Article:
“They always ask for a pony and whatever the crazy expensive Barbie sports car is, or whatever else is unattainable to a lot of people,” she said. “Kids understand that (a list) doesn’t mean Santa is bringing every last thing, or that parents should be pressured to feel they should buy every last thing.”

Plus, because it has become more common for family members to live far away from one another, lists can help relatives find a better-matched gift for a child and avoid waste, or the time required to make returns, Wissink of Piper Jaffray said.

“A recipient’s enthusiasm is what validates the purchase, not the time or money you spent,” she said. “When you hear, ‘This is what I wanted!’, you know you nailed it. There’s nothing better for a grandma, grandpa or a mom or a dad.”

“For me as a parent, I think it’s really helpful,” Knobloch said. “I don’t want to end up with a bunch of plastic toys in my house that my kids didn’t want.”

There are a few things parents can do to manage kids’ expectations.

Knobloch tells her own children to include items on their lists at different price points so that family members don’t feel pressure to buy an expensive gift, and she can avoid the awkwardness of communicating with family members about how much they want to spend.

Steiner-Adair also said children should explain why they want each gift on their list, rather than add items without thinking of their meaning.

And making a list can also be an opportunity to talk about the importance of writing a “thank you” note, and using the holidays as a time for making donations or otherwise giving to those in need.

Reimann said he views Giftster not as a source of greed, but as a way to help family members to be specific in their purchases and stick to budgets.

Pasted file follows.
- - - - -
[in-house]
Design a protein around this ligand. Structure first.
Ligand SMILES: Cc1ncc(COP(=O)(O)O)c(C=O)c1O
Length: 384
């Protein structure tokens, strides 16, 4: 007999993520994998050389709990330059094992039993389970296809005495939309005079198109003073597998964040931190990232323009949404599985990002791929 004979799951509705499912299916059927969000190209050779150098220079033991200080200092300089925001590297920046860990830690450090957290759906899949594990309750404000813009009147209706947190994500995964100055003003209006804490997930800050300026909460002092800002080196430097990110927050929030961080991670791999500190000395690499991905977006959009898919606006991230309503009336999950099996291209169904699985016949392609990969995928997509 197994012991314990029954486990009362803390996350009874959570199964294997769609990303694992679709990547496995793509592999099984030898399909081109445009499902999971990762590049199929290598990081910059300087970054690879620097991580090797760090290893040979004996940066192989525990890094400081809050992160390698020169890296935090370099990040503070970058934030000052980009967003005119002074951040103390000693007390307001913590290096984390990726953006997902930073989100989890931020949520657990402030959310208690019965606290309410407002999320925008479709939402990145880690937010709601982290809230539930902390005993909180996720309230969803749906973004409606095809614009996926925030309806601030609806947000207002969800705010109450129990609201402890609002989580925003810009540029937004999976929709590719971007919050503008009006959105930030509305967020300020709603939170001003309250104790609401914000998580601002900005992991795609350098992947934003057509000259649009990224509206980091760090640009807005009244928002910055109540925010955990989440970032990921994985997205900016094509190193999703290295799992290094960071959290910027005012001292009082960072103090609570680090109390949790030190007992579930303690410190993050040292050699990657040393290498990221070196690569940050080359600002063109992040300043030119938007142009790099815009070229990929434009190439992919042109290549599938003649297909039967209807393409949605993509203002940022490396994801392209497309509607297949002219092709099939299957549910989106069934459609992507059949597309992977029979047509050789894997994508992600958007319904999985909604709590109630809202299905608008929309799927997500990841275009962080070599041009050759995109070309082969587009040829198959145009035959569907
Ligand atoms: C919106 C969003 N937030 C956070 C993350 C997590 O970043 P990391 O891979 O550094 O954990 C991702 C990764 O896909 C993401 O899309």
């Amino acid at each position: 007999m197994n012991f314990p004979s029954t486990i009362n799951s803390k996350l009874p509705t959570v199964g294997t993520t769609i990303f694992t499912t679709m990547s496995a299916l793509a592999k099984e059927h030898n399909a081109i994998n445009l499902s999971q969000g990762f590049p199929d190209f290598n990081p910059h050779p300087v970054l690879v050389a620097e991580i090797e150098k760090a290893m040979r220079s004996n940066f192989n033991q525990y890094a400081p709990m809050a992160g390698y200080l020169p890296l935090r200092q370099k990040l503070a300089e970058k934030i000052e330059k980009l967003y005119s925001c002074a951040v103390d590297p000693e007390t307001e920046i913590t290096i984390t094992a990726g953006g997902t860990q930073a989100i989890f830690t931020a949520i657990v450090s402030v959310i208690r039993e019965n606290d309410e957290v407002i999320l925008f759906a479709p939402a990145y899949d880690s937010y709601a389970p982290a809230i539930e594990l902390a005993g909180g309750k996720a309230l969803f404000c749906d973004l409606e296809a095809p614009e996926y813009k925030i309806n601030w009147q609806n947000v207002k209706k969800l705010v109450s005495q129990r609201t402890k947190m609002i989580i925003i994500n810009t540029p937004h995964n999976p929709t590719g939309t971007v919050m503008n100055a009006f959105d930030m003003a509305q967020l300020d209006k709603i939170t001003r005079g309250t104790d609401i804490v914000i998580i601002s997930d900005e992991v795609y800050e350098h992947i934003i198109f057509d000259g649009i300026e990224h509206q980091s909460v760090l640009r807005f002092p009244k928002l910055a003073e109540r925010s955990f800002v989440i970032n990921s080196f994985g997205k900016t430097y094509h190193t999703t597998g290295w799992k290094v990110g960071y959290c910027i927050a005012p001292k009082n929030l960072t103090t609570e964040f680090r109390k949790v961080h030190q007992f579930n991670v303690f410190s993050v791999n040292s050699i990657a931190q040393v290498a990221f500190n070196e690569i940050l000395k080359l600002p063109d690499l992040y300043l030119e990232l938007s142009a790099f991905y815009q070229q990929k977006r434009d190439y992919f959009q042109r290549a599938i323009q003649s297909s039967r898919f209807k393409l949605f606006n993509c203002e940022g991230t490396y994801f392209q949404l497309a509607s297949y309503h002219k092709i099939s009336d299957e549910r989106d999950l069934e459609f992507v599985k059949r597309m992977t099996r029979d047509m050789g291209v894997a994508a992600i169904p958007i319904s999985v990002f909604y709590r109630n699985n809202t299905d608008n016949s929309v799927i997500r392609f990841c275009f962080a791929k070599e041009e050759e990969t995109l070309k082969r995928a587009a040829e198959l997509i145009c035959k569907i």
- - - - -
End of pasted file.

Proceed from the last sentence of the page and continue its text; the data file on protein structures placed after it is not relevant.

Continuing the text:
“If people knew what other people really needed or wanted, they would not have to run out at the last minute and overspend or get the wrong thing,” he said.


Forgot to write to Santa? Use an app

Will paper letters to Santa disappear?

  • Email icon
  • Facebook icon
  • Twitter icon
  • Linkedin icon
  • Flipboard icon
  • Print icon
  • Resize icon

Referenced Symbols

Hopefully Santa’s elves are good with computers because kids’ holiday wish lists have gone digital.

This holiday season, several retailers have created versions of wish lists online for kids and parents to use.

Wal-Mart WMT, -0.23% first had wish lists available on its website last year, and this holiday season it made the feature available on the store’s app. Target’s TGT, -1.05% Kids’ Wish List app debuted in 2014, and this year has new features including the ability to write a letter to Santa — and receive a response — within the app. Toys “R” Us has had a “wish list” available online since October of 2008.

Although the retailers’ digital wish lists are limited to items that can be purchased at their stores, a crop of independent websites and apps that allow children and adults to create gift registries from multiple retailers have also popped up, including CheckedTwice and Giftster. Within these apps, users can build their lists and include links to where the items are available. The services also include features for family members, who can view others’ holiday gift lists and mark presents as “purchased” to avoid buying the same gift on one’s list multiple times.

A “wish list” feature was a natural extension for retailers, who in recent years have invested heavily in the mobile shopping experience, said Stephanie Wissink, a senior research analyst for Piper Jaffray, an investment bank and asset management firm.

With good reason. Shoppers spent nearly $3 billion online on Cyber Monday alone this year, with close to half of those purchases being made on mobile devices.

Pinterest, an online pinboard where people share recipes, crafts, articles and design ideas, in recent months added a “buy” button to its pins.